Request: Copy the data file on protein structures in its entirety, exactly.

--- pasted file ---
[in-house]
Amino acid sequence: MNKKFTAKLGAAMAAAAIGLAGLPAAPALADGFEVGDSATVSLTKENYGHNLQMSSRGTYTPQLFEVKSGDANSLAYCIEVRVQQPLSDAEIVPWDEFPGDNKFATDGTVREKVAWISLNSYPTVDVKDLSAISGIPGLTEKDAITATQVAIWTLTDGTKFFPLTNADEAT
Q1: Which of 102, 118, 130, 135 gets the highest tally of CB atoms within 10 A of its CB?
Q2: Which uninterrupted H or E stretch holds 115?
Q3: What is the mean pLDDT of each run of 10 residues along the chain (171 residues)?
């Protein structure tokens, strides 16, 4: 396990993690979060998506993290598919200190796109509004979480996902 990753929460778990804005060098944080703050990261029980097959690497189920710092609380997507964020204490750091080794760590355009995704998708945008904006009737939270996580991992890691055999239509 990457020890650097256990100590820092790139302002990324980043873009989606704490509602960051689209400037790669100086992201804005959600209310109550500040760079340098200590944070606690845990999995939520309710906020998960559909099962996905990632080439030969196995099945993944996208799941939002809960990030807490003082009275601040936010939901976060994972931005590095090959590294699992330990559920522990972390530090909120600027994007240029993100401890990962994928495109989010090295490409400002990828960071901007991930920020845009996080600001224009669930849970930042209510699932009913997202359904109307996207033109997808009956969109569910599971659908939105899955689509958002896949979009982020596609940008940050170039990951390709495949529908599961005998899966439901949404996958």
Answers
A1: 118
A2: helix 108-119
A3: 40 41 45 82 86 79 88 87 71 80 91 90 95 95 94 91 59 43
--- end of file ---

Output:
[in-house]
Amino acid sequence: MNKKFTAKLGAAMAAAAIGLAGLPAAPALADGFEVGDSATVSLTKENYGHNLQMSSRGTYTPQLFEVKSGDANSLAYCIEVRVQQPLSDAEIVPWDEFPGDNKFATDGTVREKVAWISLNSYPTVDVKDLSAISGIPGLTEKDAITATQVAIWTLTDGTKFFPLTNADEAT
Q1: Which of 102, 118, 130, 135 gets the highest tally of CB atoms within 10 A of its CB?
Q2: Which uninterrupted H or E stretch holds 115?
Q3: What is the mean pLDDT of each run of 10 residues along the chain (171 residues)?
């Protein structure tokens, strides 16, 4: 396990993690979060998506993290598919200190796109509004979480996902 990753929460778990804005060098944080703050990261029980097959690497189920710092609380997507964020204490750091080794760590355009995704998708945008904006009737939270996580991992890691055999239509 990457020890650097256990100590820092790139302002990324980043873009989606704490509602960051689209400037790669100086992201804005959600209310109550500040760079340098200590944070606690845990999995939520309710906020998960559909099962996905990632080439030969196995099945993944996208799941939002809960990030807490003082009275601040936010939901976060994972931005590095090959590294699992330990559920522990972390530090909120600027994007240029993100401890990962994928495109989010090295490409400002990828960071901007991930920020845009996080600001224009669930849970930042209510699932009913997202359904109307996207033109997808009956969109569910599971659908939105899955689509958002896949979009982020596609940008940050170039990951390709495949529908599961005998899966439901949404996958």
Answers
A1: 118
A2: helix 108-119
A3: 40 41 45 82 86 79 88 87 71 80 91 90 95 95 94 91 59 43